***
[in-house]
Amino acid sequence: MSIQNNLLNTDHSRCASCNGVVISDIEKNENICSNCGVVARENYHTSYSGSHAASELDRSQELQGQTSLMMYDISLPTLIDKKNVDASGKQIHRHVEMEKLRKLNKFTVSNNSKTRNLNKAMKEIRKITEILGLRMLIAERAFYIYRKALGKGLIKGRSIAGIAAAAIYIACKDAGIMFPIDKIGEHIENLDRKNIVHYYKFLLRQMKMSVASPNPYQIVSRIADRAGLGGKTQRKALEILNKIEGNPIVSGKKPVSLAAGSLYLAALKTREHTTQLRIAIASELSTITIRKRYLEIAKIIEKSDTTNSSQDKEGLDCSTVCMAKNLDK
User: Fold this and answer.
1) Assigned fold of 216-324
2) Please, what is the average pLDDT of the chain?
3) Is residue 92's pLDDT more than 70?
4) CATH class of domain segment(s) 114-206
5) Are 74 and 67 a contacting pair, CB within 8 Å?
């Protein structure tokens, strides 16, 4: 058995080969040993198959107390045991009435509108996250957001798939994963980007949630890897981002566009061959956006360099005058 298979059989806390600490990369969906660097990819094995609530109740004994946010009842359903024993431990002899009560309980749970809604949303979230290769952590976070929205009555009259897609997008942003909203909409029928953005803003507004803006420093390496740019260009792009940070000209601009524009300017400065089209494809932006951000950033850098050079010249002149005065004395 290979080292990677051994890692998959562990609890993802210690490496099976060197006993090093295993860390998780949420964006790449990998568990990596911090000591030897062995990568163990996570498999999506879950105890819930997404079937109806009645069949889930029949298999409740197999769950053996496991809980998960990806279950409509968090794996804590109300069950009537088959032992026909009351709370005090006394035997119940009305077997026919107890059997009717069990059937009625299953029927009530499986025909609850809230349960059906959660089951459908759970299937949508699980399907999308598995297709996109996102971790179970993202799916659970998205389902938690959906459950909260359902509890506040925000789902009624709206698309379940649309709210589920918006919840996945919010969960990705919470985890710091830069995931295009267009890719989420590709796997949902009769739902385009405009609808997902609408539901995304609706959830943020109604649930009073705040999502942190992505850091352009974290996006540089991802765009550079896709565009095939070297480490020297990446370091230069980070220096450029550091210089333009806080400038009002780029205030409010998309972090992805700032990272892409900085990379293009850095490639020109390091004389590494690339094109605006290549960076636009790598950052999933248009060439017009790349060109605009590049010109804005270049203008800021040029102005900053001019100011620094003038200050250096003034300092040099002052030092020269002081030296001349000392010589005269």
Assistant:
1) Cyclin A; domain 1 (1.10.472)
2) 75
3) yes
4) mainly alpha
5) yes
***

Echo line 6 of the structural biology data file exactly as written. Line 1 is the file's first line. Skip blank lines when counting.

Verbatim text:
3) Is residue 92's pLDDT more than 70?